The 2008 presidential election here in the United States is very important to the French. How important? “Too important,” said Douglas Herbert, business editor with the TV news station France 24, “to be left to the American electorate to decide.”
In this, France is not alone. Across Europe, journalists and editors interviewed by The Observer say, people are coming down with the 2008 fever.
“I’m on my fifth U.S. presidential election and I don’t remember anything like this, certainly not in the primary phase,” said David Usborne, the U.S. editor of the Independent, the British daily.
Toby Harnden, his counterpart at The Daily Telegraph, was sent to Iowa 10 times between the time Barack Obama announced his candidacy and the state’s caucus earlier this year. He said his paper “can’t get enough of the election.”
Andrew Steele, the BBC’s Washington bureau chief, described this election as “the most covered U.S.election in the history of the BBC.”
It’s partly the obvious stuff: so much of Europe is entangled with the U.S. in the war on terrorism and the Iraq war. Also, American power is keenly felt in Europe on social, economic and cultural levels, as it is all over the world.
And then there are all the reasons that make this election so gripping for Americans, too: The first time since 1928 that neither an incumbent president nor vice-president has run; the most open race since (take your pick from 1976, 1952, 1924, etc.); the fact that either a woman or an African-American is going to get the Democratic nomination.
But there is another reason Europeans have been so captivated by this election: they have lately found their own domestic politics bland, predictable and uninspiring by comparison.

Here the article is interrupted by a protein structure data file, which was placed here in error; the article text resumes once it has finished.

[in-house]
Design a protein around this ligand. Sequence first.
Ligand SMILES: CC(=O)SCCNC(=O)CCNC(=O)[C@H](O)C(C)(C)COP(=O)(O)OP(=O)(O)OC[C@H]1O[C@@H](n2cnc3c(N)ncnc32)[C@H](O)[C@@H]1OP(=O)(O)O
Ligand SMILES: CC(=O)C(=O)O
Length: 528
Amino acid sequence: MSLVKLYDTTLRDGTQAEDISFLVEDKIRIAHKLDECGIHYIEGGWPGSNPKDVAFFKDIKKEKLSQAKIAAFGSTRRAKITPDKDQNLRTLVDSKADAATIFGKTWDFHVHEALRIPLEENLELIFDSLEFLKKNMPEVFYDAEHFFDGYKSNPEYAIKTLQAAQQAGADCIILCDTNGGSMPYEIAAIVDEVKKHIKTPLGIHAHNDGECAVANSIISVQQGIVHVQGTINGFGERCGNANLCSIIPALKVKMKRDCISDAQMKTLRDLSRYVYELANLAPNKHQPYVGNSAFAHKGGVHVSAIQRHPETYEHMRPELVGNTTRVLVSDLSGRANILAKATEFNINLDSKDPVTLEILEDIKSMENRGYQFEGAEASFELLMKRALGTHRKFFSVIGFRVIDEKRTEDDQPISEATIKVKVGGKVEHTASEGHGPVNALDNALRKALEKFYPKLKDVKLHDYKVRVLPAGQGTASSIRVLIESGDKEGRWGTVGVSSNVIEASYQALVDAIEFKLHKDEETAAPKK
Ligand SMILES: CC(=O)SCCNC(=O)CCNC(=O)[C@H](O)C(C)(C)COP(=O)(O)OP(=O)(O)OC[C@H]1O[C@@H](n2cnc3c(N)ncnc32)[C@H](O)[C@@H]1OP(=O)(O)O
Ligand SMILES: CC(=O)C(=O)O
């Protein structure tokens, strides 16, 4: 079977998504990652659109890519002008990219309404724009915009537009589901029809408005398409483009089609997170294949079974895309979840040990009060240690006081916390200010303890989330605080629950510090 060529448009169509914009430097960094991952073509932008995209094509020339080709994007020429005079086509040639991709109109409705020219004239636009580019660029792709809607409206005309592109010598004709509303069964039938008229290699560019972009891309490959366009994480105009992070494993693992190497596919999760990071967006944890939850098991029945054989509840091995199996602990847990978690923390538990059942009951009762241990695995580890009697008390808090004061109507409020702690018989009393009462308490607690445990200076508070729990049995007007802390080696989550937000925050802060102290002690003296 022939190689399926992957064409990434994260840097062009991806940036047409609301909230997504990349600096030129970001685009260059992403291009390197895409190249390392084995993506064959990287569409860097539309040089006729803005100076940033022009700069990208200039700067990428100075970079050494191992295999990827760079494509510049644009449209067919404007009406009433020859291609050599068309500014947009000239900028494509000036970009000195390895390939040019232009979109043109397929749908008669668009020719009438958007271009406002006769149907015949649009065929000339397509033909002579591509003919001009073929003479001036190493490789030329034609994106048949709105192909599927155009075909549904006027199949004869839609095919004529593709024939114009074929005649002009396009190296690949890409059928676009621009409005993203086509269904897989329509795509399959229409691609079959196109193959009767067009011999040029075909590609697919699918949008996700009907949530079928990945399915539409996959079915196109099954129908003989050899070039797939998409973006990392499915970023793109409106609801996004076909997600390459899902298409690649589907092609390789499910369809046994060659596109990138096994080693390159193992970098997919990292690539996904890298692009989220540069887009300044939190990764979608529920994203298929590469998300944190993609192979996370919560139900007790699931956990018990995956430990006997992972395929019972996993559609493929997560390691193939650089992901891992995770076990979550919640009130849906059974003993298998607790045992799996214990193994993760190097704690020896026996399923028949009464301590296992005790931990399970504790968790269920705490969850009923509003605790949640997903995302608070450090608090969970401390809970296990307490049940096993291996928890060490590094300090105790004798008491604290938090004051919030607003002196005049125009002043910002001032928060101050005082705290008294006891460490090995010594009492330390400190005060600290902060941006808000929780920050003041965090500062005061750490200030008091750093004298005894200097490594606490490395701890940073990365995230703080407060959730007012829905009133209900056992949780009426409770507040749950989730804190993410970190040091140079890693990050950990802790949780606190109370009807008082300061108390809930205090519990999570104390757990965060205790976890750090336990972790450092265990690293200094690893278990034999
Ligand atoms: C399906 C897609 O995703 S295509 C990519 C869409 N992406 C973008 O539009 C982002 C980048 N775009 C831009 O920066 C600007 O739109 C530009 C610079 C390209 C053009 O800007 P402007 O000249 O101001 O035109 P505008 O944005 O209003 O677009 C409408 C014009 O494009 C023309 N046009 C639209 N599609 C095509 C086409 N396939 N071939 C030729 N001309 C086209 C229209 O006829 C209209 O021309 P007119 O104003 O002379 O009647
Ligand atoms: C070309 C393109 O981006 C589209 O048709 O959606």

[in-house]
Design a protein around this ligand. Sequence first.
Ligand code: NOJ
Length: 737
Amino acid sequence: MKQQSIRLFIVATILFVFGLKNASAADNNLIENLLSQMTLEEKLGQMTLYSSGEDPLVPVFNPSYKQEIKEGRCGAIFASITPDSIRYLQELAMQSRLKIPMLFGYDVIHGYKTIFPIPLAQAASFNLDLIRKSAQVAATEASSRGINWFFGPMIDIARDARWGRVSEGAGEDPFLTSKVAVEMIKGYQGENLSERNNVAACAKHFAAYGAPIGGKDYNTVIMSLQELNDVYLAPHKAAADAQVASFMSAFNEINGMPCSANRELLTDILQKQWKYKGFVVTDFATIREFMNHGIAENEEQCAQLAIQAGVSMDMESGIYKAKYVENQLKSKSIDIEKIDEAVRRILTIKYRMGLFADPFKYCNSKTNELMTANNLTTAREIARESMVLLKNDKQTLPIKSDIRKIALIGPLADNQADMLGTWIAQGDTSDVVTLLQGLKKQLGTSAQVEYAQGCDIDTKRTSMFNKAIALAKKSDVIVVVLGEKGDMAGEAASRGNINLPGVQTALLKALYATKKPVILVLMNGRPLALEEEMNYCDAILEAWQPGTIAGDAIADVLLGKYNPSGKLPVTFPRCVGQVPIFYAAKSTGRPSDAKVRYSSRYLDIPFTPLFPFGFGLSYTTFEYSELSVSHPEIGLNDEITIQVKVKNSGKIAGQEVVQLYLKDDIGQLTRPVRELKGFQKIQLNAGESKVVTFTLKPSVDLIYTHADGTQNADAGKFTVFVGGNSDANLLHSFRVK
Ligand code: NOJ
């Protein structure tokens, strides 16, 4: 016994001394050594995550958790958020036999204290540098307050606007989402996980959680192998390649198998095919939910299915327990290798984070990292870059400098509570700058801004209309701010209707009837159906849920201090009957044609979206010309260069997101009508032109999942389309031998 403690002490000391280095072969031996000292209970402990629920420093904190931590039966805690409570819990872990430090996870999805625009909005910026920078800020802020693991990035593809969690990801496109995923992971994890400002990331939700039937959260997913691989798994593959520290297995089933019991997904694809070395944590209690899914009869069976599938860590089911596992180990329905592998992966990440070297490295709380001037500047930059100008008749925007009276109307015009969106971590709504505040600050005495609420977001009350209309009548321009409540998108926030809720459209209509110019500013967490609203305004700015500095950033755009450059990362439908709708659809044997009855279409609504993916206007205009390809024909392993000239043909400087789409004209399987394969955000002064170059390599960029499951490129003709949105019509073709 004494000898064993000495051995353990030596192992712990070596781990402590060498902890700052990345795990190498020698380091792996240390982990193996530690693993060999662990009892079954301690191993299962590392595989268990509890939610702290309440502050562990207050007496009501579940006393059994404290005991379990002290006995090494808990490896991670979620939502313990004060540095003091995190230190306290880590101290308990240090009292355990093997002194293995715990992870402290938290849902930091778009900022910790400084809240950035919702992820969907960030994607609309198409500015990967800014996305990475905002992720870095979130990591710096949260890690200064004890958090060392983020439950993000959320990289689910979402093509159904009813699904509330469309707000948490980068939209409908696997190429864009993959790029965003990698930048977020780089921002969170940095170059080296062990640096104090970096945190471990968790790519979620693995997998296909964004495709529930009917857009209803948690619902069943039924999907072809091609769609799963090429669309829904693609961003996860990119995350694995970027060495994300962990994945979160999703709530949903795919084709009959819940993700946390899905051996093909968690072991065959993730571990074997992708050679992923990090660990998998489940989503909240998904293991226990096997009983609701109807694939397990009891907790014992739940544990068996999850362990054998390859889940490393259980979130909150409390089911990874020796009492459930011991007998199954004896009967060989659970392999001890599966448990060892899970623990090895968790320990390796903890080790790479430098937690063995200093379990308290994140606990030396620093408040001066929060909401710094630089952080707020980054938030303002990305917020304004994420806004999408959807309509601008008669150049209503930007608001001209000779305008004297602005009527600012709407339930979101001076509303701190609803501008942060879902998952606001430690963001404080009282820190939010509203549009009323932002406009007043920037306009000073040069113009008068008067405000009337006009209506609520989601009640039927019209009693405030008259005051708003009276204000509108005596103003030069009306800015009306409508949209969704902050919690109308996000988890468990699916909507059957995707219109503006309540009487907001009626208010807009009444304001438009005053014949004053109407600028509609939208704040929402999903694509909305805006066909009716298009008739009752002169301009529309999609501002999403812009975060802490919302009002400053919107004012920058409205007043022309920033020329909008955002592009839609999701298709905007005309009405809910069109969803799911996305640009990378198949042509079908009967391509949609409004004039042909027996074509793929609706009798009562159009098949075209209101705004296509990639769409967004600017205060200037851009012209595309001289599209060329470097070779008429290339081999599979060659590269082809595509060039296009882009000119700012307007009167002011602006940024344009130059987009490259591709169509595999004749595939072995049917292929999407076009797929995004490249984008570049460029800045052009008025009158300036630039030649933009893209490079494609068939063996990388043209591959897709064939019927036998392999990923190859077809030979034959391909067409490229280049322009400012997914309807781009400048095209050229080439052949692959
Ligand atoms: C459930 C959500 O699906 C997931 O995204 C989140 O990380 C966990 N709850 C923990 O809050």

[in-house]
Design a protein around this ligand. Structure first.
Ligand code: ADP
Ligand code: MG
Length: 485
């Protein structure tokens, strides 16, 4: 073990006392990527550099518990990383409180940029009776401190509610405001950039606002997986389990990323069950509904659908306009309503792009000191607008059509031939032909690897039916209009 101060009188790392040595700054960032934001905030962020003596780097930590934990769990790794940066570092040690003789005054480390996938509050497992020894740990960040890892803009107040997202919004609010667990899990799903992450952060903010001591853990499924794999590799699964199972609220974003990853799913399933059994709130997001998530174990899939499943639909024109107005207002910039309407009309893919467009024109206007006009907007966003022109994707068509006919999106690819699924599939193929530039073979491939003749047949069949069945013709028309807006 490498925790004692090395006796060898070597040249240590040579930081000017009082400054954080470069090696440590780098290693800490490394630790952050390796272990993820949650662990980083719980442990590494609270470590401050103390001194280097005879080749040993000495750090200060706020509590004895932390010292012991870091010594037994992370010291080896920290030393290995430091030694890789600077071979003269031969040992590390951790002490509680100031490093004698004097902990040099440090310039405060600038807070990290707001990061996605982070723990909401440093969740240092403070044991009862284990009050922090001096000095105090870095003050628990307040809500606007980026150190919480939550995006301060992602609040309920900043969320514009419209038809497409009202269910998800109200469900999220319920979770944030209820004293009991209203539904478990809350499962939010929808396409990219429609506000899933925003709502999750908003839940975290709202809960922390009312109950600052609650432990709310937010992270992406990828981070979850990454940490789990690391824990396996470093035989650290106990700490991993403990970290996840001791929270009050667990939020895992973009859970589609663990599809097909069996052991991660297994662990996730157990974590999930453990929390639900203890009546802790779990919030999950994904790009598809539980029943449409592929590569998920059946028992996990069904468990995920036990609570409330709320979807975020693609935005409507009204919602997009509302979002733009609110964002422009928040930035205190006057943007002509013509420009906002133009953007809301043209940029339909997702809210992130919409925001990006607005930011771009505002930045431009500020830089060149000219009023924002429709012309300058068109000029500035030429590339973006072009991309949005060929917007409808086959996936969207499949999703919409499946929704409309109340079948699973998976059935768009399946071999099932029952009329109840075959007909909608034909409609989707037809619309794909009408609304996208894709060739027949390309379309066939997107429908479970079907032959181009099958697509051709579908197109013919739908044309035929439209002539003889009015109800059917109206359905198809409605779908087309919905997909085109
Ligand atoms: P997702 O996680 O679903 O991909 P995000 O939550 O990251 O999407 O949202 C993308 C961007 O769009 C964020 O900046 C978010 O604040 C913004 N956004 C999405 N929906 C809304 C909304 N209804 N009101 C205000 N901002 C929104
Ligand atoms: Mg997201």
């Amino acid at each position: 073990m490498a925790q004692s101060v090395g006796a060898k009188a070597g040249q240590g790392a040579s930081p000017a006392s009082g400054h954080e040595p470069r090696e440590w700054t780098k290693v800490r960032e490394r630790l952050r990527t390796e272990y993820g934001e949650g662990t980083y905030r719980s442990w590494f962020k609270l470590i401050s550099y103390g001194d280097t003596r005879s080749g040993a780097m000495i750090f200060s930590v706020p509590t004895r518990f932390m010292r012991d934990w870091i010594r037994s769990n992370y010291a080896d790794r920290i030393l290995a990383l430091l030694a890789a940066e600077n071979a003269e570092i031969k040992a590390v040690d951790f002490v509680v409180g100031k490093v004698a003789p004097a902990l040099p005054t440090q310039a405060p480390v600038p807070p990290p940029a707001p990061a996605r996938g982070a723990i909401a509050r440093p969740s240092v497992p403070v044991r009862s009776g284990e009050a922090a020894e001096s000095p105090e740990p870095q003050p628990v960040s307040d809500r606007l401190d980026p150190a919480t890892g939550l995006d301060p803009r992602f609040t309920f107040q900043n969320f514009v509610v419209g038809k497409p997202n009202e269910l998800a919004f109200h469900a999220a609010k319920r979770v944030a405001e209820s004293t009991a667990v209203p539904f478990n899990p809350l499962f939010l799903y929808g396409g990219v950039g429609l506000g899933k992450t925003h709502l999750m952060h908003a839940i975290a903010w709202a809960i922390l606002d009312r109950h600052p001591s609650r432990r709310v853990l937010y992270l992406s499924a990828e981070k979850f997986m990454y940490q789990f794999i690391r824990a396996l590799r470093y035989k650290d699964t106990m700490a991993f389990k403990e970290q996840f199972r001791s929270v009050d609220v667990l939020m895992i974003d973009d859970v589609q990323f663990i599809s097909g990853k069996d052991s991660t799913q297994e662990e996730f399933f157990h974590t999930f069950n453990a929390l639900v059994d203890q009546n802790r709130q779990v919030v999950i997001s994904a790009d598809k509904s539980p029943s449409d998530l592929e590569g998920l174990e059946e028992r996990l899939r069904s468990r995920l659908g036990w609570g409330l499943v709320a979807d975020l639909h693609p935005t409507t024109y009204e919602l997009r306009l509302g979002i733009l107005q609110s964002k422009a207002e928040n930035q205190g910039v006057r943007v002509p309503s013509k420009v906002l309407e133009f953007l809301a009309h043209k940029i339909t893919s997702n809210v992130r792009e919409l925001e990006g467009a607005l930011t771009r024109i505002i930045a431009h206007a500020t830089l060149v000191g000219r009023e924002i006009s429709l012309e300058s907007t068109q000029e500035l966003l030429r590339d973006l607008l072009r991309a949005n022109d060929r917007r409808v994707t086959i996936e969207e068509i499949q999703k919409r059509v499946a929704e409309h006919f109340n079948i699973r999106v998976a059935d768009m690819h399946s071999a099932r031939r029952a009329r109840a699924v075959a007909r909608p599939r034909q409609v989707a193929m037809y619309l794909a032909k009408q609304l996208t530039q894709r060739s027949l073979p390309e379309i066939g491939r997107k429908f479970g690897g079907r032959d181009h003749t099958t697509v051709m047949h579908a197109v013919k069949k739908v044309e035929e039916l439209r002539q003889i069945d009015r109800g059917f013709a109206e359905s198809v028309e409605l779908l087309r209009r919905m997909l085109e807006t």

Jackie Ashley, of the U.K. newspaper The Guardian, wrote that “there is an unpredictability, optimism and openness in the 2008 race that many on this side of the Atlantic will envy,” while Janet Daley of the Daily Telegraph has argued, “Where in the U.S. the democratic process is heroic, in Britain it is squalid.”
For the most part, it is clear whom they are rooting for: Republicans have gotten so little coverage in the European press that the average reader over there could be forgiven for thinking that the race for the White House is a straight choice between Mr. Obama and Hillary Clinton.
For the exception that proves the rule, there’s The Finn Valley Voice, a paper in the remote, small town of Ballybofey, County Donegal, in the northeast of Ireland, which officially endorsed John McCain last month with the front page splash: “Vote for Cousin John McCain.”
(A U.S. geneticist has traced McCain’s ancestors back to Ireland, and has said that there could be up to 400 people in Country Donegal related to the senator from Arizona.
A journalist with The Finn Valley Voice, Pat Holland, told the Irish TV station RTE that his paper’s endorsement should help McCain “a little.”)
But generally, the interest there (as, arguably, here) is primarily in the Democrats.
“The combination of Hillary and Mr. Obama makes it more U.K.-reader friendly,” said Barbara Gunnell, an associate editor of the left-leaning British weekly magazine the New Statesman. “The Republicans are getting very little coverage.”
“For a paper like the Guardian,” said Harriet Sherwood, the newspaper’s foreign editor, “the Democrats are of special interest.”
“European papers generally want the nice, Prius-driving, gay-loving yoga instructors of the blue states, versus the bible-thumping, inbred oil moguls of the red states,” said Sean O’Driscoll, an Irish freelancer who writes for the AP, The Belfast Telegraph and The Irish Times. “But it’s not always that simple. Except in Mike Huckabee’s case.”
‘Qui est Barack Obama?’